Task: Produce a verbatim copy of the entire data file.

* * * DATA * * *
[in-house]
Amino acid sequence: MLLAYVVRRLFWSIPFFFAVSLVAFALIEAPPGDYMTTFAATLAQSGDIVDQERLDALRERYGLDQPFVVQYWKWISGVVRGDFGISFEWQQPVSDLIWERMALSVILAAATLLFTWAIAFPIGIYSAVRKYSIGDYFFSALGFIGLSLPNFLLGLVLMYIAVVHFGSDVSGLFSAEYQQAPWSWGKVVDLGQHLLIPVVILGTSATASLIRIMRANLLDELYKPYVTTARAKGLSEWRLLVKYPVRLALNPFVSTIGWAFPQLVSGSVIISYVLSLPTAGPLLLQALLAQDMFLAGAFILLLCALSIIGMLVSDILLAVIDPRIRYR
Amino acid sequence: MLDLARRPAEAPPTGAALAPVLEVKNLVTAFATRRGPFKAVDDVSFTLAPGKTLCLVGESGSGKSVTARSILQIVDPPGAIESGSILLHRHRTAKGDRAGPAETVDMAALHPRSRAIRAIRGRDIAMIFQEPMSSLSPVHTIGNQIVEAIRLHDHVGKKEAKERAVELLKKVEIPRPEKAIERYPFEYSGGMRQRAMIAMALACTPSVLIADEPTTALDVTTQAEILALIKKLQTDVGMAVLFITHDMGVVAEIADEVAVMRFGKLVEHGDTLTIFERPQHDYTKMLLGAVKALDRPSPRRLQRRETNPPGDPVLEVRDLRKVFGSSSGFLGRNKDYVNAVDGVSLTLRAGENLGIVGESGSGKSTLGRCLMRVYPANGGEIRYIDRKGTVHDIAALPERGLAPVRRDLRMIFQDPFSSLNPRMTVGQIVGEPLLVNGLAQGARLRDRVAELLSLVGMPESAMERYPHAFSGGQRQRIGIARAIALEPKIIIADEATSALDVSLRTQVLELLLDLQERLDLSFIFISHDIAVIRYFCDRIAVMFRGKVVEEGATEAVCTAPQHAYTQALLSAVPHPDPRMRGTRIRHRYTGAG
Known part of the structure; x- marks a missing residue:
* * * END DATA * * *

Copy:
[in-house]
Amino acid sequence: MLLAYVVRRLFWSIPFFFAVSLVAFALIEAPPGDYMTTFAATLAQSGDIVDQERLDALRERYGLDQPFVVQYWKWISGVVRGDFGISFEWQQPVSDLIWERMALSVILAAATLLFTWAIAFPIGIYSAVRKYSIGDYFFSALGFIGLSLPNFLLGLVLMYIAVVHFGSDVSGLFSAEYQQAPWSWGKVVDLGQHLLIPVVILGTSATASLIRIMRANLLDELYKPYVTTARAKGLSEWRLLVKYPVRLALNPFVSTIGWAFPQLVSGSVIISYVLSLPTAGPLLLQALLAQDMFLAGAFILLLCALSIIGMLVSDILLAVIDPRIRYR
Amino acid sequence: MLDLARRPAEAPPTGAALAPVLEVKNLVTAFATRRGPFKAVDDVSFTLAPGKTLCLVGESGSGKSVTARSILQIVDPPGAIESGSILLHRHRTAKGDRAGPAETVDMAALHPRSRAIRAIRGRDIAMIFQEPMSSLSPVHTIGNQIVEAIRLHDHVGKKEAKERAVELLKKVEIPRPEKAIERYPFEYSGGMRQRAMIAMALACTPSVLIADEPTTALDVTTQAEILALIKKLQTDVGMAVLFITHDMGVVAEIADEVAVMRFGKLVEHGDTLTIFERPQHDYTKMLLGAVKALDRPSPRRLQRRETNPPGDPVLEVRDLRKVFGSSSGFLGRNKDYVNAVDGVSLTLRAGENLGIVGESGSGKSTLGRCLMRVYPANGGEIRYIDRKGTVHDIAALPERGLAPVRRDLRMIFQDPFSSLNPRMTVGQIVGEPLLVNGLAQGARLRDRVAELLSLVGMPESAMERYPHAFSGGQRQRIGIARAIALEPKIIIADEATSALDVSLRTQVLELLLDLQERLDLSFIFISHDIAVIRYFCDRIAVMFRGKVVEEGATEAVCTAPQHAYTQALLSAVPHPDPRMRGTRIRHRYTGAG
Known part of the structure; x- marks a missing residue: